UWF social work students immersed in service learning in Guatemala
Social work students from the University of West Florida recently traveled to Guatemala to learn firsthand the impact of serving those in need.
Christopher Cotten, assistant professor in the UWF Department of Social Work, led a group of one undergraduate and six graduate students to Guatemala this August. The purpose of the trip was service-learning in impoverished regions in eastern Guatemala, including Zacapa and Chiquimula. It was organized through Hearts in Motion, a non-profit organization that provides care and medical treatment for children, families and communities in the U.S. and Central and South America.
The trip was part of a three-credit directed study, which also included five class sessions to teach students about the history, culture, politics and social welfare system of Guatemala.
In addition, the students developed service projects, which they implemented during the trip. Projects included: presentations at a mini-symposium hosted at a university to discuss U.S. immigration policies and reform, as well as contemporary issues facing Guatemala; an activity day for children born with cleft lips or palates; and an origami flower lesson at a senior center
Dannette Wallace, a graduate student in the Master of Social Work program, created the origami project that Cotten described as a highlight of the trip. She walked away from the experience with a much deeper understanding of life in Guatemala, she said.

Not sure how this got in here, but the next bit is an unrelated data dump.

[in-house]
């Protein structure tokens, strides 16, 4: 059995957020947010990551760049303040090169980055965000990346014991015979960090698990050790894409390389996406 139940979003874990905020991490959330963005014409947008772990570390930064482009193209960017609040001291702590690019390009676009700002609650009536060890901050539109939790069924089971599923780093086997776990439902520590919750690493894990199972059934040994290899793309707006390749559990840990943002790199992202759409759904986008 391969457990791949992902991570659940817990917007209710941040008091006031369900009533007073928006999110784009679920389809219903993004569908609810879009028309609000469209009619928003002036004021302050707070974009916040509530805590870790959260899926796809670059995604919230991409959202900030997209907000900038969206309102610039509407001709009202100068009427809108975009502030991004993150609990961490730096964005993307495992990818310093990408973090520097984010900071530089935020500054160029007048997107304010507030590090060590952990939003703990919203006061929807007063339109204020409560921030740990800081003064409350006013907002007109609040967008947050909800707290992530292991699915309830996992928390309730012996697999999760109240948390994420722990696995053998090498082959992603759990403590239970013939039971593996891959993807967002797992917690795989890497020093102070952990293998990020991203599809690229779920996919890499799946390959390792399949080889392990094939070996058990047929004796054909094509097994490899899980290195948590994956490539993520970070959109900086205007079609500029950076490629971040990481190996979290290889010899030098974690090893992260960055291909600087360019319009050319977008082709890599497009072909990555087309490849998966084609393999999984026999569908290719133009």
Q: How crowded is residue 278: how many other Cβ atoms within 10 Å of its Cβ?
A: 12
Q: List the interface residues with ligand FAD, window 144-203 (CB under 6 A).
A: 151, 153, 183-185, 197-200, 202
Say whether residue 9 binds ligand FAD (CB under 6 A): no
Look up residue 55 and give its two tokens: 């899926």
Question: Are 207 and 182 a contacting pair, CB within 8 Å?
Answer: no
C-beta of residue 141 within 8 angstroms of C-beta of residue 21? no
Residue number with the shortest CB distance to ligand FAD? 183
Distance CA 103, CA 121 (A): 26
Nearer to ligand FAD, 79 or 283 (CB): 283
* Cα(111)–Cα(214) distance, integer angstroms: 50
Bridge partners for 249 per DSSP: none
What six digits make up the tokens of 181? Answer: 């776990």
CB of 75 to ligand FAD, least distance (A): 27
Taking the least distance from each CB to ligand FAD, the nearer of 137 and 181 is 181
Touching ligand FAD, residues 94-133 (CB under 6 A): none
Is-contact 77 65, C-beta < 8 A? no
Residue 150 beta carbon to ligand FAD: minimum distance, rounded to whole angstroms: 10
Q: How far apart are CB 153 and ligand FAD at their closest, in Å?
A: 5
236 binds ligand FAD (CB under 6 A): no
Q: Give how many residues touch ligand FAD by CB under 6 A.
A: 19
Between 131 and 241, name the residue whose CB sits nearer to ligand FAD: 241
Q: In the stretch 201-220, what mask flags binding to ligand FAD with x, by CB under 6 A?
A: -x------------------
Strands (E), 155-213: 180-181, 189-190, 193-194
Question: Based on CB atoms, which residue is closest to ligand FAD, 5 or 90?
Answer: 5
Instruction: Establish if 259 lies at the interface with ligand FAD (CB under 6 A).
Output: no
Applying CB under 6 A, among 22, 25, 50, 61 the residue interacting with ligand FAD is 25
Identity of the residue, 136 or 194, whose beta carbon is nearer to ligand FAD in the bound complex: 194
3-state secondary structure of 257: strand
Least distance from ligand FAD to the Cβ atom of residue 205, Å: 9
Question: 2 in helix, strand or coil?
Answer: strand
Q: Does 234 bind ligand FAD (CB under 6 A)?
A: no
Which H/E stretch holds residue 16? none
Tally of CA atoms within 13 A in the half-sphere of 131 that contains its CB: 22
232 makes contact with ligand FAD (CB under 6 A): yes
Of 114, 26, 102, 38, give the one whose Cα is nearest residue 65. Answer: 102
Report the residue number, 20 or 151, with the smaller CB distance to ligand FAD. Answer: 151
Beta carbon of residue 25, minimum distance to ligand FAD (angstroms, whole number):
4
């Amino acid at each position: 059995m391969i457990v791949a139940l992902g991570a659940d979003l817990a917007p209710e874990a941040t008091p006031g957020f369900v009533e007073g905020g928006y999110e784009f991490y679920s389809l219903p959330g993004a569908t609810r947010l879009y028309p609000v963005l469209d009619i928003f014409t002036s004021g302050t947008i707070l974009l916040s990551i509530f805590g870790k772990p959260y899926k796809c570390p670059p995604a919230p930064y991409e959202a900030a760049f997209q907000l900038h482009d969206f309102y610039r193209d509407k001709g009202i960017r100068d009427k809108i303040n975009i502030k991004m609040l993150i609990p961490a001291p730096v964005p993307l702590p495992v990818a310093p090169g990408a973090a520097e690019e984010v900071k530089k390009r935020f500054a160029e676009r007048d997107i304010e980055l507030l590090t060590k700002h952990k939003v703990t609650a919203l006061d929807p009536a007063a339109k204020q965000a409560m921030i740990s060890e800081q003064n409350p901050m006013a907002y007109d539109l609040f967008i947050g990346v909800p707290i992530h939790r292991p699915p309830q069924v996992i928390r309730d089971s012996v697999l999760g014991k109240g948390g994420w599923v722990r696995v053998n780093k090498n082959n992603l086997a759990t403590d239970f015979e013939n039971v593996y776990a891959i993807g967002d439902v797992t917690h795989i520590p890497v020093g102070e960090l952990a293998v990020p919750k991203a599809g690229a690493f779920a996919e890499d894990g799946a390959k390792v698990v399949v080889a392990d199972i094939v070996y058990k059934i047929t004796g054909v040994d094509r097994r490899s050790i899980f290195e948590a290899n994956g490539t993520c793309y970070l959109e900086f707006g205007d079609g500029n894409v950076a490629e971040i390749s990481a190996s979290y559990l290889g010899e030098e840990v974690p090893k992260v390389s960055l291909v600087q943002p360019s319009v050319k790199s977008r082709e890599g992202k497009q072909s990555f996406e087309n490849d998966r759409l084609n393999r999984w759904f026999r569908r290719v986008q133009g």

“This was an amazing opportunity to engage with another culture in such an intense way,” she said. “I learned so much about the beauty, strength, creativity and resilience of the Guatemalan people.”
The trip was an initiative of the Emerge Program, organized by the UWF College of Professional Studies. This program was developed to help faculty design and utilize high impact practices to deepen learning and engagement and raise levels of performance, retention and success for all students. Cotten said he designed the Guatemala trip to immerse students in diverse and global learning, as well as service learning – both of which are considered high impact practices.
This was the first trip of its kind offered through the UWF Department of Social Work, but Cotten said he has plans to make it an annual opportunity within the department and beyond.
“It is my goal to expand the service-learning trip and add other disciplines so that we can offer more UWF students a life-altering, transformative experience and increase the impact we can have on impoverished Guatemalans,” he said.
For additional information about the Emerge Program, visit uwf.edu/emerge.